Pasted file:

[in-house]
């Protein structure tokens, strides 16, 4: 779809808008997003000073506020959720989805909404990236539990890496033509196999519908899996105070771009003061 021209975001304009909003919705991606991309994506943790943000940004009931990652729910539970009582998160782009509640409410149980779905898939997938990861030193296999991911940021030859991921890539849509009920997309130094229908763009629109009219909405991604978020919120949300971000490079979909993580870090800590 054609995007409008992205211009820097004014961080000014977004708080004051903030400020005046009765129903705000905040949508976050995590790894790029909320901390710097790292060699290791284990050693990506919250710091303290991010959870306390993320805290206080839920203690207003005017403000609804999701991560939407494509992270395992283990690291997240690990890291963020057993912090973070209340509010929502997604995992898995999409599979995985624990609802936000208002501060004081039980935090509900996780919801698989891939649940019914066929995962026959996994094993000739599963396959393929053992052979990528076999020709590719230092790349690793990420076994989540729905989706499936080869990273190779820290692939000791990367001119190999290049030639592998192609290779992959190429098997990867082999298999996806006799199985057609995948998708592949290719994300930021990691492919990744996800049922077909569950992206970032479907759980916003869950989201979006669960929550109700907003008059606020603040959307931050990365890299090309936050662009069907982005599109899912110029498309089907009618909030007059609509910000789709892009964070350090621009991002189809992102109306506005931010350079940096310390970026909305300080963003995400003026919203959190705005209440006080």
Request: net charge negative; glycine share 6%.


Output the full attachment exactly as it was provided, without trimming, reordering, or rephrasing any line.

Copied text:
[in-house]
């Protein structure tokens, strides 16, 4: 779809808008997003000073506020959720989805909404990236539990890496033509196999519908899996105070771009003061 021209975001304009909003919705991606991309994506943790943000940004009931990652729910539970009582998160782009509640409410149980779905898939997938990861030193296999991911940021030859991921890539849509009920997309130094229908763009629109009219909405991604978020919120949300971000490079979909993580870090800590 054609995007409008992205211009820097004014961080000014977004708080004051903030400020005046009765129903705000905040949508976050995590790894790029909320901390710097790292060699290791284990050693990506919250710091303290991010959870306390993320805290206080839920203690207003005017403000609804999701991560939407494509992270395992283990690291997240690990890291963020057993912090973070209340509010929502997604995992898995999409599979995985624990609802936000208002501060004081039980935090509900996780919801698989891939649940019914066929995962026959996994094993000739599963396959393929053992052979990528076999020709590719230092790349690793990420076994989540729905989706499936080869990273190779820290692939000791990367001119190999290049030639592998192609290779992959190429098997990867082999298999996806006799199985057609995948998708592949290719994300930021990691492919990744996800049922077909569950992206970032479907759980916003869950989201979006669960929550109700907003008059606020603040959307931050990365890299090309936050662009069907982005599109899912110029498309089907009618909030007059609509910000789709892009964070350090621009991002189809992102109306506005931010350079940096310390970026909305300080963003995400003026919203959190705005209440006080």
Request: net charge negative; glycine share 6%.